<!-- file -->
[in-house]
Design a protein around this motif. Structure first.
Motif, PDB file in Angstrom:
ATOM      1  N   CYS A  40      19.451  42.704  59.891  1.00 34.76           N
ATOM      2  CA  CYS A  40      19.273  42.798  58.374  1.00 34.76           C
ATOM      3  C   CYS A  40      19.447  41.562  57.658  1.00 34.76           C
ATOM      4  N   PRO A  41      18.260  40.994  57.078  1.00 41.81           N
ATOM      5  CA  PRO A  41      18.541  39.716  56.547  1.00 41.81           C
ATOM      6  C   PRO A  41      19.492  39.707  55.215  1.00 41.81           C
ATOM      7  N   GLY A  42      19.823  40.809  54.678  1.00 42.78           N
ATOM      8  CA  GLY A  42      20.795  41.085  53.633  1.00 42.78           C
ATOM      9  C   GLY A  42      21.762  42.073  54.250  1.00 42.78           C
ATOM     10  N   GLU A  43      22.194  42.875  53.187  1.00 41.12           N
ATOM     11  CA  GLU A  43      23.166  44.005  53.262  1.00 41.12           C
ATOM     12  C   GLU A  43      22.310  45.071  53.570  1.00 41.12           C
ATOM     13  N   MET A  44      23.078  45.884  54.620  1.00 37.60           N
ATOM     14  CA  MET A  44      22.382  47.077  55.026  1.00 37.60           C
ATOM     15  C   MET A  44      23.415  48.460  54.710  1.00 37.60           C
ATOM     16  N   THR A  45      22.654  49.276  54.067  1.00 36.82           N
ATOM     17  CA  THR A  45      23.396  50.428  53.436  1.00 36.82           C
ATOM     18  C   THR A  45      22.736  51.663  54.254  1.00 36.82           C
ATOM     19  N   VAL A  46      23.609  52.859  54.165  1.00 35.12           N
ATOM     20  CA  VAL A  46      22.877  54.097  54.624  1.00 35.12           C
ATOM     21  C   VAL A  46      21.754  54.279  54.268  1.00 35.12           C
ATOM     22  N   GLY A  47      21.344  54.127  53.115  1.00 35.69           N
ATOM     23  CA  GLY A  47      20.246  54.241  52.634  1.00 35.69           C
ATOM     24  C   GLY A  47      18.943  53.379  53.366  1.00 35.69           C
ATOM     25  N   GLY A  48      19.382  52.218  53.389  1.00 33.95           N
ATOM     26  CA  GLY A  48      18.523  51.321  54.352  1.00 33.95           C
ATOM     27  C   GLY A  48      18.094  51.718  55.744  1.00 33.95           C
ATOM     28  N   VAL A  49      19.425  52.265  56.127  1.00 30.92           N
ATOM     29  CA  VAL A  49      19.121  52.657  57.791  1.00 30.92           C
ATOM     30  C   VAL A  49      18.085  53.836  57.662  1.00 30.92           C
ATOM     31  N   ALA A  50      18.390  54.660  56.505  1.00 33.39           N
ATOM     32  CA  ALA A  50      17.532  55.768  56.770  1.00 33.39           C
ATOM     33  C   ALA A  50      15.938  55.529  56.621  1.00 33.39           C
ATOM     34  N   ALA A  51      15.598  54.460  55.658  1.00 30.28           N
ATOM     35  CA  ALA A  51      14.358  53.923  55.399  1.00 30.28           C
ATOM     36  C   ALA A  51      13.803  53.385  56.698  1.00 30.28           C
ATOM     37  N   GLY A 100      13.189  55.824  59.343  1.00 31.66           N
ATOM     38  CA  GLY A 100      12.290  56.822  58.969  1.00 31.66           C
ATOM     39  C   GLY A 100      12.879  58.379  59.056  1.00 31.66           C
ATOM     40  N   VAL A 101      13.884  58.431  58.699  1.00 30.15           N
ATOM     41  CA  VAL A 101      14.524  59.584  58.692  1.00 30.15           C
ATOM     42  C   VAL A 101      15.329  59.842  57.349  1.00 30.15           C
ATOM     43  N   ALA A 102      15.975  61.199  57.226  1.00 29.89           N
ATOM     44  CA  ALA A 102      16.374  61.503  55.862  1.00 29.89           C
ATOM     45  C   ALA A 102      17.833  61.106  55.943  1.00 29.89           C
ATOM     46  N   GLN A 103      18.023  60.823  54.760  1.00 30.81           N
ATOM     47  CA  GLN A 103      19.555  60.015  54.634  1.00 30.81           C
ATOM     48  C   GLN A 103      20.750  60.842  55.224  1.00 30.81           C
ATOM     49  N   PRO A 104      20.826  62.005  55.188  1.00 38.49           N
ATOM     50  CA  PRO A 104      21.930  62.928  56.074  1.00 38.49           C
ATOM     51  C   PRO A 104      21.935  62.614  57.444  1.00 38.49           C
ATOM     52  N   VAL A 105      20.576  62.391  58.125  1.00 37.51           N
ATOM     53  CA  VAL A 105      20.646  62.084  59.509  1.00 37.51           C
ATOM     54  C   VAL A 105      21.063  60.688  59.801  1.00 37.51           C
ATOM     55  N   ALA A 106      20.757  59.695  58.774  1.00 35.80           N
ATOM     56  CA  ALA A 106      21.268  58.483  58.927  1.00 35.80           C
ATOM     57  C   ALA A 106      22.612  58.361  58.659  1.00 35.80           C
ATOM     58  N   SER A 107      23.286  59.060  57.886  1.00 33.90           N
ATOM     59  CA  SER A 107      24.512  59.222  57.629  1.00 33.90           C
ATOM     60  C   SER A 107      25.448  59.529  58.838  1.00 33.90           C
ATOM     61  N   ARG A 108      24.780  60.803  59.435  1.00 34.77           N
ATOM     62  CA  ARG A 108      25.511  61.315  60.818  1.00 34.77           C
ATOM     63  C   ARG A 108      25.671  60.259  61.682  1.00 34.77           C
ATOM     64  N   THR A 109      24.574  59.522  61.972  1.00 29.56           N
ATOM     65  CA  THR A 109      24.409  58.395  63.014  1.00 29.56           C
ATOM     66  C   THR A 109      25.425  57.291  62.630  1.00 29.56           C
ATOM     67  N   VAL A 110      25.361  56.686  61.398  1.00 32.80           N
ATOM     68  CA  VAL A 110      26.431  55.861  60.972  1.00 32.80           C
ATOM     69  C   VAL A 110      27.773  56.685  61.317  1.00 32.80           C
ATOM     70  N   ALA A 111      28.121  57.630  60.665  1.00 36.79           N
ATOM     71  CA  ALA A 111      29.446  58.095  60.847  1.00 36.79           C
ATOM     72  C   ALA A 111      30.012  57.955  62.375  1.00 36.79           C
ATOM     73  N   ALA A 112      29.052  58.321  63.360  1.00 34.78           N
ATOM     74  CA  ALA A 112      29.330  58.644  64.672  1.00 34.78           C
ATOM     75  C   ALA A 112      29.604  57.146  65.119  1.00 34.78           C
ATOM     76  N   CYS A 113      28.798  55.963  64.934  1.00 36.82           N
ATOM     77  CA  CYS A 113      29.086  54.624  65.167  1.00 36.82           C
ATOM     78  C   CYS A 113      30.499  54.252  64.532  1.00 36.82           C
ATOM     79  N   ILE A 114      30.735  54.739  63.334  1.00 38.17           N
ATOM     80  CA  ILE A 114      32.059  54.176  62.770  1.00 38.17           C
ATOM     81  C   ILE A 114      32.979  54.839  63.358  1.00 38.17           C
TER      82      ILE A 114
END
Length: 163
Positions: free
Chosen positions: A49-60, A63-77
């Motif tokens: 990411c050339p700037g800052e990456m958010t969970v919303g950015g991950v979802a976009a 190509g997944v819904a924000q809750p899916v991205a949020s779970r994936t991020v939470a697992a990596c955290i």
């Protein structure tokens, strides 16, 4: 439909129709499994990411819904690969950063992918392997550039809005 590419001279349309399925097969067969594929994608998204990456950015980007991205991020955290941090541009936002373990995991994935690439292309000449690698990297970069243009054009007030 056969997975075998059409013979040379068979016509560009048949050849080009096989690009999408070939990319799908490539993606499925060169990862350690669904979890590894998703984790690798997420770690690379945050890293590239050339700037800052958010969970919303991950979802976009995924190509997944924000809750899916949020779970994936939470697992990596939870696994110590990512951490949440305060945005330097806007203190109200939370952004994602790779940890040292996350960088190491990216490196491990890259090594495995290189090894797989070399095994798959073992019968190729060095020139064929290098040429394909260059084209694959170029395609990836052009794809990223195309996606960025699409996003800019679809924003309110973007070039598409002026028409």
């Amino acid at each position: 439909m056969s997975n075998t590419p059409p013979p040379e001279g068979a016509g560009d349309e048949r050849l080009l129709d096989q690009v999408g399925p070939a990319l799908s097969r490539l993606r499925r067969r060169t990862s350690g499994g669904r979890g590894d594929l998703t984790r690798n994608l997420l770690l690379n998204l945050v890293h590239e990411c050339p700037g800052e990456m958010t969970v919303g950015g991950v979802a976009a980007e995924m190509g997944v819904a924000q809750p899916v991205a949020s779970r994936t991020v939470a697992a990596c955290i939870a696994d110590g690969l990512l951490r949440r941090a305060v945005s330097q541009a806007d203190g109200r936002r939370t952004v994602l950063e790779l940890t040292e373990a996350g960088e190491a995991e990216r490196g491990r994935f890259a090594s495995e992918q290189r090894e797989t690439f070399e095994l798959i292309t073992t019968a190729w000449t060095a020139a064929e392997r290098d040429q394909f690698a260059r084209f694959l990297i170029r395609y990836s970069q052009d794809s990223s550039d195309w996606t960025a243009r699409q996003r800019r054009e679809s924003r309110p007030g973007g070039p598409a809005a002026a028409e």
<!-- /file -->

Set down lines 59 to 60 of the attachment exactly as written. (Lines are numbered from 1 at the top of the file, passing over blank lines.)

ATOM     56  CA  ALA A 106      21.268  58.483  58.927  1.00 35.80           C
ATOM     57  C   ALA A 106      22.612  58.361  58.659  1.00 35.80           C